We’re not born apathetic. Yet it’s fairly easy to fall into its traps.

We all have been subjected to challenging situations where we felt powerless, or we didn’t matter.

Social conditioning doesn’t make it any easier with demands of conformity and normality. We turn into obedient robots and let society dictate how we live. No wonder apathy sometimes feels like the most normal state of being.

We can’t wave a magic wand and change how we feel. But we can start paying attention to what’s going on right now, in this moment. Then take action and let go.

Patterns of thoughts and feelings

From the moment we wake up to the moment we go to sleep (maybe even in our dreams), there are certain thoughts and feelings that run in the background.

Passive unease, discontent, boredom, or any form of obscure limiting negativity, are all indications of apathy.

Once we become aware of the feelings, we can breathe into them and choose to let them go (more on that below).

Energy level

If you feel tired and depleted most of the time, look into what’s behind it.

There might be a physical reason (for example lack of sleep, or poor nutrition). Or it can be mental and emotional.

Low energy can be the symptom of not having something to look forward to, or dreading what’s to come.

The best antidote for anticipation and avoidance is calm action.

Wants, motivations, and expectations

Everything we do is driven by a want or need.

If there is an outside motive, we will end up being pleasantly satisfied or sorely disappointed.

Wanting approval or validation, security, or expecting others to act in a certain way, may lead to apathy after a few bouts of disappointment or unfortunate circumstances.

If we do something because we want to do it, or because it expresses who we are, what happens next doesn’t matter. We did what we wanted to do; the rest is not part of the equation.

This brings me to the most important step.

Action for action’s sake

Authentic action serves as its own motivation. It’s truly the best way to live a life of surrendered power.

When we do something because we want to, we don’t put too much thought into how others will perceive it or whether we’ll succeed or fail. The experience becomes its own reward.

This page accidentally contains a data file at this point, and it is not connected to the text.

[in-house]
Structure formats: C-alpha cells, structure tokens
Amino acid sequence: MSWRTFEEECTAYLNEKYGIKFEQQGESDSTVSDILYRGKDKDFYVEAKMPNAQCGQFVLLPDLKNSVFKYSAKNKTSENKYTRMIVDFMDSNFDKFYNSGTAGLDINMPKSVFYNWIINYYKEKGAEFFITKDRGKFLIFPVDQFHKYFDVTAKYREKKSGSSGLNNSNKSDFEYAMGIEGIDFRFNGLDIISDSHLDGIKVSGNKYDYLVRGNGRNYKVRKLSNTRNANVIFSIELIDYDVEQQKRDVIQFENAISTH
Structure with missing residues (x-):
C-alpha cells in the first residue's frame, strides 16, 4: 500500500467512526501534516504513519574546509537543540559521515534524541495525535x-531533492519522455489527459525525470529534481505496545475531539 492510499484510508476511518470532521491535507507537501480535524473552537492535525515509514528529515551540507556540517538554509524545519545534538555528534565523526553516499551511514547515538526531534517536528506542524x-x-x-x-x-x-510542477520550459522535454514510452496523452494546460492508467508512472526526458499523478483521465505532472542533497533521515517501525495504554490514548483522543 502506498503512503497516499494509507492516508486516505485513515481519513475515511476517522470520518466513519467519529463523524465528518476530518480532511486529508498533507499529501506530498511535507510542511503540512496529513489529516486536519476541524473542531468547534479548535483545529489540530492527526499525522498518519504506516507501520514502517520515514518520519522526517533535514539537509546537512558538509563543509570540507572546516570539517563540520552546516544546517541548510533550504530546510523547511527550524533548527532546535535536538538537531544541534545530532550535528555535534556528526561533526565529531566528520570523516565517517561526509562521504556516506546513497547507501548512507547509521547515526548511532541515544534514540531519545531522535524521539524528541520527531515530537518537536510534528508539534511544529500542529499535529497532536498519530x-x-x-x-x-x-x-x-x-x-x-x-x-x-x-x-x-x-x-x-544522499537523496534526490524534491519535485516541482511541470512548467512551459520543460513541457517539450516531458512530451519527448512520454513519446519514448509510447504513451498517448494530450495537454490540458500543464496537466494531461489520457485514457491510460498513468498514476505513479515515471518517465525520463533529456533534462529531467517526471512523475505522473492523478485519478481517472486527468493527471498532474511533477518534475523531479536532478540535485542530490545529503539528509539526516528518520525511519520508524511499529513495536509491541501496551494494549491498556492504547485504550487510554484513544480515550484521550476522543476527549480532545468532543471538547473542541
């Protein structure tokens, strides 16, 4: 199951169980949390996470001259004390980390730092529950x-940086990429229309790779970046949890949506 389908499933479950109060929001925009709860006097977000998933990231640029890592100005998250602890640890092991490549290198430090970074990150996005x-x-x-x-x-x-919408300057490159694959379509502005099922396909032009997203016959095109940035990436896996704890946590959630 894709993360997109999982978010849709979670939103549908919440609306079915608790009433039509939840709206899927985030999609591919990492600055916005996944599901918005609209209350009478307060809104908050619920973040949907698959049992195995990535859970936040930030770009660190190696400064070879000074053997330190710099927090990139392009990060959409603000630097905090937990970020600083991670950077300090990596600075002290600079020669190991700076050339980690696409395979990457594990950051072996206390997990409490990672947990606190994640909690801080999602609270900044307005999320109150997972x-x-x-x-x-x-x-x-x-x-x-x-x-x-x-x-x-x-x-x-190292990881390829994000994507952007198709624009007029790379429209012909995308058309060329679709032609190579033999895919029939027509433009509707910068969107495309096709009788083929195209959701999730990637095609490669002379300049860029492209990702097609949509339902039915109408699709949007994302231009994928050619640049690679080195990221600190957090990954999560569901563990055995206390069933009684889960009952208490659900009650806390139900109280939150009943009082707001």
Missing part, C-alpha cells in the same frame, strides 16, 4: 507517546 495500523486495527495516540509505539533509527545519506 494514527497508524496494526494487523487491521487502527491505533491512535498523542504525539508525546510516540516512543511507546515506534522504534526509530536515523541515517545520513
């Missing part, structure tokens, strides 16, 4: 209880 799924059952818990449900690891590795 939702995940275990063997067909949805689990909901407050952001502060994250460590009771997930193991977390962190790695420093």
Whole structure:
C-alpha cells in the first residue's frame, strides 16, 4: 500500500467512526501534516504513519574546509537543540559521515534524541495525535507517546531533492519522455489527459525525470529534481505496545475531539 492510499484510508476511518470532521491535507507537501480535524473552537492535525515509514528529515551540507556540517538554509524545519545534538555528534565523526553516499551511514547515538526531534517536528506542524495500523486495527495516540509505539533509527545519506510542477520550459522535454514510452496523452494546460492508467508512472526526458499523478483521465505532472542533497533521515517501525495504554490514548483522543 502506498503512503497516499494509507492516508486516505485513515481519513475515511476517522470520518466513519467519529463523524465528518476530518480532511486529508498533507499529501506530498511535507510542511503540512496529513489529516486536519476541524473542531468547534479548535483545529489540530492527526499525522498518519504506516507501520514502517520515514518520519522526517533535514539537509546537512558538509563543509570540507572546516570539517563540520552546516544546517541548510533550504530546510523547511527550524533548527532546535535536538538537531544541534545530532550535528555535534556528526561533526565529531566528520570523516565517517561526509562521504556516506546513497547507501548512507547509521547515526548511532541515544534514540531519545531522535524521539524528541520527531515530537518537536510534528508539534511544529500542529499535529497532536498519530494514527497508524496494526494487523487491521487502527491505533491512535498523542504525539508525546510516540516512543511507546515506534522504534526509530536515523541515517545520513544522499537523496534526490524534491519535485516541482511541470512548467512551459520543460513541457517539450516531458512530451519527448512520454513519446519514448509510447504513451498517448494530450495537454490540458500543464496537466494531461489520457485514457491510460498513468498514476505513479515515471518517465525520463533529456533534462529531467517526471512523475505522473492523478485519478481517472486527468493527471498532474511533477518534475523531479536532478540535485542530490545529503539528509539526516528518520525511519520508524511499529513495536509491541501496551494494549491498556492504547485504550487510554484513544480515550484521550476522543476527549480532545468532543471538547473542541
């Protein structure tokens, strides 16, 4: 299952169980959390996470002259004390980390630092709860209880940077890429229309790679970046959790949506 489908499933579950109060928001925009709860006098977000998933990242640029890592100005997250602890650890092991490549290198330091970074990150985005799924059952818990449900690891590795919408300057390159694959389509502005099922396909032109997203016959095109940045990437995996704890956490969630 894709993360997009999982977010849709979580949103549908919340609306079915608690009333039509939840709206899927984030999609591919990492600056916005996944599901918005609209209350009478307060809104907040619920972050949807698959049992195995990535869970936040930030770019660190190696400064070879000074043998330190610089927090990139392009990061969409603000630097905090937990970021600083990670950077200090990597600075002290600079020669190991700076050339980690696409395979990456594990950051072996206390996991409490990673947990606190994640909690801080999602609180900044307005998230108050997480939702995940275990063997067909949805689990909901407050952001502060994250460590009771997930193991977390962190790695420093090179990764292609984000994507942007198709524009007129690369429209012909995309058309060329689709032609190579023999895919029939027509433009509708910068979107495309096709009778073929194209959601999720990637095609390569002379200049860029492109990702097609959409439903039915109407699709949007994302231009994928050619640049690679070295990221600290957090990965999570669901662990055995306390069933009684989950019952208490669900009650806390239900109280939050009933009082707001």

If we want to connect with a person, we do it because we genuinely want to connect with him or her. Not because we want something back, or we’re afraid of being alone.

When we act from this place, the doubtful and fearful thoughts start to fade, because the end result doesn’t matter. Eventually, apathy becomes irrelevant.

Choosing to let go of residual emotions and judgment

If we don’t consciously choose to let go of apathy, we will continue to identify with it and carry it around for no reason, other than familiarity.

How to let go of the feelings?

When you notice the feelings, sit with them, feel the sensations in the body. And when the feelings subside, choose to let go. Repeat every time the feelings come up again. Think of it as an emotional cleanse that needs to be repeated on a regular basis.

The other part of letting go is to let go of all types of judgment (of ourselves, others or circumstances). Letting go is a matter of choice. If we can hold on to something, we can let it go.

When judgmental thoughts arise, notice them, and when the thoughts fade, consciously let go. And repeat as needed.

Letting go of emotional baggage and judgment will pave the way for authentic action and truthful living. This is where we’ll experience detachment and freedom.

Life is not easy. I don’t think it was ever meant to be easy. But it’s meant to be lived and enjoyed—freely.

The best way to experience life is to live it moment-by-moment, act-by-act, with more heart and sensory awareness, and less thought and bipolar expectations.

This is living with the right kind of not caring, where we become active participants in this amazing journey, and life never disappoints.